Release: Out now
JJ Doom’s album reminds me of the California coast. It shouldn’t. It’s a predominantly British sounding album, from the British-born (but by-and-large American) DOOM to the Anglophile production. It’s a lot more sonically diverse than what passes for hip hop. By and large, the album spends a solid third of its time in Blur territory – and by Blur I mean the band. This should come as little surprise to anyone who has paid any attention DOOM’s collaborator on this album, a certain Jneiro Jarel, who has shared the stage with everyone from TV On The Radio to Jay-Z to, yes, Blur’s Damon Albarn.
It reminds me a little of Fugazi’s “The Argument” album in that “Key To The Kuffs” tracklisting is all over the place but as a cohesive statement it stands far taller than the sum of its parts. It’s a hip-hop answer to the question “what the fuck” long after Ceelo Green stopped being a sexual gummmy-bear from Mars and started becoming just another rotund music judge on a talent show.
It has its faults: “Viberian Sun” seems to think that it owes some sort of cosmic debt to the late, great J-Dilla yet spends 3 minutes doing nowhere. “Wash Your Hands” is a solid song but seems tacked on at the end of the album. Indeed, the first half of “Keys To The Kuffs” is unstoppable yet the back half seems largely, at the least, unorganized, and at the most, tacked-on.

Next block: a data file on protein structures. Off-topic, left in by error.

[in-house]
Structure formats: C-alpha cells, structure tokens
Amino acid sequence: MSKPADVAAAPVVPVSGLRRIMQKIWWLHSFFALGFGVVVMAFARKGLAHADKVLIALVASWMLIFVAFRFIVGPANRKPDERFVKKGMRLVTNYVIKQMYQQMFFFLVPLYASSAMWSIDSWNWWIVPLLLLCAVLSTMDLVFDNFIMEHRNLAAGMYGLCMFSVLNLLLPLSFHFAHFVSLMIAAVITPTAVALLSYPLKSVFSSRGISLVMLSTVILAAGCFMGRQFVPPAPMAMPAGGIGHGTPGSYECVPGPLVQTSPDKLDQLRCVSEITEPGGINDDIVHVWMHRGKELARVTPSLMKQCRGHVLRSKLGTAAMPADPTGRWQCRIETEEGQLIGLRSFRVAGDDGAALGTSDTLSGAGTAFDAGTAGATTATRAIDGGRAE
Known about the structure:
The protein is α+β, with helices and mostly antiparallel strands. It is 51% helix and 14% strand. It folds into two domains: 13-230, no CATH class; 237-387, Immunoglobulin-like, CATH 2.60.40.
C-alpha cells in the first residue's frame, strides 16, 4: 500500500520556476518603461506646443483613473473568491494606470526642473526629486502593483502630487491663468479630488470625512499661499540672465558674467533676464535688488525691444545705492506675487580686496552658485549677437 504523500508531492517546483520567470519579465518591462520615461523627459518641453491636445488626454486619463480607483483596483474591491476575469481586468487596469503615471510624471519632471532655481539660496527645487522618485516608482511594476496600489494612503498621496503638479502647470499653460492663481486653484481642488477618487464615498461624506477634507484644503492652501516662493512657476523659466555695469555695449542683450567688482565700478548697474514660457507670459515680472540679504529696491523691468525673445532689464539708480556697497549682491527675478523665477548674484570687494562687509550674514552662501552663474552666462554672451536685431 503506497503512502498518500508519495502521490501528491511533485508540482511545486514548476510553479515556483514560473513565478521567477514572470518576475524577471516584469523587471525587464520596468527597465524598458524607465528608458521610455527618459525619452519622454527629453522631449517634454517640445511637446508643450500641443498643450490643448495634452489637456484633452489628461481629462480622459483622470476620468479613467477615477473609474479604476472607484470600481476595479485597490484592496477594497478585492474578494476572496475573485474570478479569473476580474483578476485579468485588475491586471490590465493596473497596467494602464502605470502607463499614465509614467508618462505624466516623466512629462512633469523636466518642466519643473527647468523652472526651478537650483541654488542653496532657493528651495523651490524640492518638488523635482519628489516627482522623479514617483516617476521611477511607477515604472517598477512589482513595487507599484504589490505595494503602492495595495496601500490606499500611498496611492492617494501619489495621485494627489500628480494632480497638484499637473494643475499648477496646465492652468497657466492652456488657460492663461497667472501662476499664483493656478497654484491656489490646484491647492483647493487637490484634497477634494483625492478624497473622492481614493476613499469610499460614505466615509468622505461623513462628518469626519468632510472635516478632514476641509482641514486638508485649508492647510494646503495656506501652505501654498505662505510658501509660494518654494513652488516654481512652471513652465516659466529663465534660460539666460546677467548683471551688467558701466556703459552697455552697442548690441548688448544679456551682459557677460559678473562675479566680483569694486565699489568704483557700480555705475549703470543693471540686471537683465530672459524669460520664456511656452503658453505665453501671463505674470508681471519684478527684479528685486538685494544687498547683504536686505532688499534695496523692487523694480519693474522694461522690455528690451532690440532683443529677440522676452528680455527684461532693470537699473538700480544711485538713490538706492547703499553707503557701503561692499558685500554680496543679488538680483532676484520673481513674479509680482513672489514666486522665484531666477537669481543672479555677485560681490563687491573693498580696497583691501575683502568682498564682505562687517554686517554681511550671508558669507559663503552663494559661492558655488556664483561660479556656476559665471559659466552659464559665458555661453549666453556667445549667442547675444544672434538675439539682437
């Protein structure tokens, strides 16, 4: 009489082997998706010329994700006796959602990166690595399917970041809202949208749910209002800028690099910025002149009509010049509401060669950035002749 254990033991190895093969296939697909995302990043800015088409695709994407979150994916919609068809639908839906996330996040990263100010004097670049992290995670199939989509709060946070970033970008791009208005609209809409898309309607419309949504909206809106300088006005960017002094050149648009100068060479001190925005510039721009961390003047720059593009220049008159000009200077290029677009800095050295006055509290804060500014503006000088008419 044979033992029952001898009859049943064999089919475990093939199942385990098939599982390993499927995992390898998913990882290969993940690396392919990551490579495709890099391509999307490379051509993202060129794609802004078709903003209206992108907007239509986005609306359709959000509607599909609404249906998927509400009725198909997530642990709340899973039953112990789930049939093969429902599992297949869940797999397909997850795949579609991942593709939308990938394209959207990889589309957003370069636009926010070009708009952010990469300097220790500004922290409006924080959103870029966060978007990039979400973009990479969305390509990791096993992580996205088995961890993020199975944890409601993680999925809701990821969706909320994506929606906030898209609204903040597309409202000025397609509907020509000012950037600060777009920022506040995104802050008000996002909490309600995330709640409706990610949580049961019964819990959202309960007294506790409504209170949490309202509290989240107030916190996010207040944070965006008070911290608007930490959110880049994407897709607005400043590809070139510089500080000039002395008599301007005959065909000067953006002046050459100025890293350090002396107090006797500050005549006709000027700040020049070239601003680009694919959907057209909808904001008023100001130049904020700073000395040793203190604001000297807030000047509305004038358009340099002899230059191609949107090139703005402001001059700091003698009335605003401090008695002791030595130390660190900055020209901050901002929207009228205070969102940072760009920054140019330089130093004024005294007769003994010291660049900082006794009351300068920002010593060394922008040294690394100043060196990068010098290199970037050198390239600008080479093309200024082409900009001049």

There should be more albums like this, though. It actually suggest that there’s a life outside of the swagger-dungeon that has taken control of much of hip-hop. There’s very little posturing here, especially from DOOM, who has rarely sounded better, but one can’t help but wonder what this might have been with a little more time and a little more scope. It’s the album equivalent of a wonderful main course: on it’s own, it is pretty damn perfect, but it leaves you wondering what else could have been paired with it.